Don't Ask, Don't Tell was approved by President Bill Clinton in 1993 as a compromise to end a long-standing ban on homosexuals serving in the military, but also requiring them to maintain silence about their sexual orientation.

Commanders were not supposed to ask service members about their orientation (the "Don't Ask" half of the policy); gay members were prohibited from declaring their homosexuality ("Don't Tell"). They still could be discharged for homosexual conduct.

The compromise satisfied no one. Steve Hall, executive director of the gay alumni group USNA Out, called Don't Ask, Don't Tell a "cruel policy" that led gay midshipmen to believe that they couldn't discuss their sexuality with academy chaplains or counselors.

"One of the first things people want to do when they start figuring out that they're gay is they just want to talk to somebody about it," said Hall, a 1975 academy graduate. USNA Out counseled midshipmen on how to live within the rules.

Second-year midshipman Kay Moore entered the Navy after high school as an enlisted sailor. When she came to the Naval Academy, she said, "I felt the most closeted I had ever felt in my life."

"I didn't feel in danger at all," said Moore, 24, of Boise, Idaho. "I just felt that it was best for me to keep my mouth shut."

Congress voted at the end of 2010 to repeal Don't Ask, Don't Tell, contingent on certification by the president, the secretary of defense and the chairman of the Joint Chiefs of Staff that lifting the ban would not harm military readiness.

President Barack Obama, Panetta and Adm. Mike Mullen, the chairman of the Joint Chiefs, provided that certification last July, and after a 60-day waiting period, Don't Ask, Don't Tell ended Sept. 20.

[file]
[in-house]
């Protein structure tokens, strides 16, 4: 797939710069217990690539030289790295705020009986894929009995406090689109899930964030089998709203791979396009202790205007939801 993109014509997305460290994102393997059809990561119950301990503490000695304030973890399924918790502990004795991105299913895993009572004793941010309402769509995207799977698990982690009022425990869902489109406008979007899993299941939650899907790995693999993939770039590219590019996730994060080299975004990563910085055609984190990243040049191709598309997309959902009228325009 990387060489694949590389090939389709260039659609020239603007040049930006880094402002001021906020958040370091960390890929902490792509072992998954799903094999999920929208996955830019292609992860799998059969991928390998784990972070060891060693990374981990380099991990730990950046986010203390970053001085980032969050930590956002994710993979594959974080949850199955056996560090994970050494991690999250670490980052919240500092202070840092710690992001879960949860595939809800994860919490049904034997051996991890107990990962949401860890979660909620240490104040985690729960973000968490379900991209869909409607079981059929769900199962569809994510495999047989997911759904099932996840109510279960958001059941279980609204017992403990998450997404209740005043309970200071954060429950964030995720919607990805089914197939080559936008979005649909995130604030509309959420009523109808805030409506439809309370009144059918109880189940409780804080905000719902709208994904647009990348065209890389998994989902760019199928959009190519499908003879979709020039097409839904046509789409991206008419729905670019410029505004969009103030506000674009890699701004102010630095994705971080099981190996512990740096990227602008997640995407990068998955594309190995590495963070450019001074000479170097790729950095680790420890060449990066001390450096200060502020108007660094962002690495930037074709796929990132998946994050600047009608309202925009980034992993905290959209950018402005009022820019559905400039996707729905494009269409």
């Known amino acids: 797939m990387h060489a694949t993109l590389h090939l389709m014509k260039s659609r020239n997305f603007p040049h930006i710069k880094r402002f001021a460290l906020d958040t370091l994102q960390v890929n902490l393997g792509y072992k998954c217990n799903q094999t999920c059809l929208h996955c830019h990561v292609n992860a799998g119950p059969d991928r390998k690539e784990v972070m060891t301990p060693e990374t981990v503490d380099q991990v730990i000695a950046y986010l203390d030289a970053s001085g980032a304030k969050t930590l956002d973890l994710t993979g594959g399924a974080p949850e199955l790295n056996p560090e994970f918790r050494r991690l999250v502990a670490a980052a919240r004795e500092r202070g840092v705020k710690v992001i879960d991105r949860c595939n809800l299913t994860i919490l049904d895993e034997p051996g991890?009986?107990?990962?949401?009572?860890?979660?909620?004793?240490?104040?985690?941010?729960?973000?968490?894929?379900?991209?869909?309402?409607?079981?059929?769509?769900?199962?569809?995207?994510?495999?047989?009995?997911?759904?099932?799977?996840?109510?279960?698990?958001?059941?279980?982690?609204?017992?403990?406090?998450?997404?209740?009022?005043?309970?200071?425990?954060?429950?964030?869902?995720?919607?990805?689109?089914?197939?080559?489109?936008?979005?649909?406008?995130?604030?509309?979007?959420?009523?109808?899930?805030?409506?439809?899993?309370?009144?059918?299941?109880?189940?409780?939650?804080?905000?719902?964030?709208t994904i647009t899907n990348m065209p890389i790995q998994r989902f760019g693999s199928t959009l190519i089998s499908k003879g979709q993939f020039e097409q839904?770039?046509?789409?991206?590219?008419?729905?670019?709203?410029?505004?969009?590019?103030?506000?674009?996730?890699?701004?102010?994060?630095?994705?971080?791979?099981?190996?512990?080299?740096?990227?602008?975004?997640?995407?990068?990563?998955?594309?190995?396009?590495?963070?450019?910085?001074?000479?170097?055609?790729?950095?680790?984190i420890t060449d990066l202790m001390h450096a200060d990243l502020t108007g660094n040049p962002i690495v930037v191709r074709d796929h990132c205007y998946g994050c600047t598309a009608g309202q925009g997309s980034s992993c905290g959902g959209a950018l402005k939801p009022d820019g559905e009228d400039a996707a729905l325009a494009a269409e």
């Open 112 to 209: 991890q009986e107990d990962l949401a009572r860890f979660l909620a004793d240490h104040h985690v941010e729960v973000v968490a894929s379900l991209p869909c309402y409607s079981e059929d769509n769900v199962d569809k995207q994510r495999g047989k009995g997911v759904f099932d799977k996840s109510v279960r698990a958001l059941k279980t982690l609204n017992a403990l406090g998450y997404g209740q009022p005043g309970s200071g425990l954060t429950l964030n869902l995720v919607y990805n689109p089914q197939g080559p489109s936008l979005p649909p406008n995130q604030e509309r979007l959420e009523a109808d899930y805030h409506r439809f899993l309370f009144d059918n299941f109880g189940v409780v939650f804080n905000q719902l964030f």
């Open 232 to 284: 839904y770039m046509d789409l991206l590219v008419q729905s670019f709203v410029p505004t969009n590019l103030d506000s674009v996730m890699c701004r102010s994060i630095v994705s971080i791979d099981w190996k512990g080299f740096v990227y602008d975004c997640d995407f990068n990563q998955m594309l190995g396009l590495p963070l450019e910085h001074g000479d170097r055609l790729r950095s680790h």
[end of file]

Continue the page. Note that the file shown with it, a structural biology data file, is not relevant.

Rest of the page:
By then, every service member, civilian employee and academy cadet in the military had received training on what the end of the policy meant. At the Naval Academy, each midshipman attended a session led by a senior officer and continued the discussion within their companies.

"Basically, it was stuff we already knew," Yingling said. "Something that our parents probably taught us. You know, like, be nice to people and don't be hurtful."

Moore describes the actual repeal as almost anticlimactic at first.

"Sept. 19 was one day and Sept. 20 was the next day," she said. "I mean, it's like going from Monday to Tuesday — it was not different.

"Now, this far along in the process, I've begun to feel that more people are open with it. I can have a conversation with my girlfriend or with my gay or lesbian friends in public and not have to worry about someone sending me up the chain of command for discharge."

Still, she said, she has to be careful not to offend some people with her sexuality.

"They may not like it," she said. "So I don't discuss things that even straight people shouldn't discuss in public. ... I can mention that I have a girlfriend, if I were to have one, without fearing separation from the Naval Academy."

For Bryant, repeal lifted "an unnecessary source of stress."

"Now that it's gone," she said, "I can just focus on what's really important, like my academics and trying to become an officer and just dealing with daily academy life."

Cmdr. William Marks, an academy spokesman, says the training helped to ease the transition. But he also credited the attitudes of the young people who make up the Brigade of Midshipmen.

"I would say most folks here are in this generation that is accepting and understanding," said Marks, a 1996 graduate. "We understand people are born a certain way and you have certain personal and private things in your life, and we're very much OK with just saying, 'Go ahead and do what you want to do.'"

Hall, of the alumni group, says the repeal does not solve all of the challenges that confront gay midshipmen.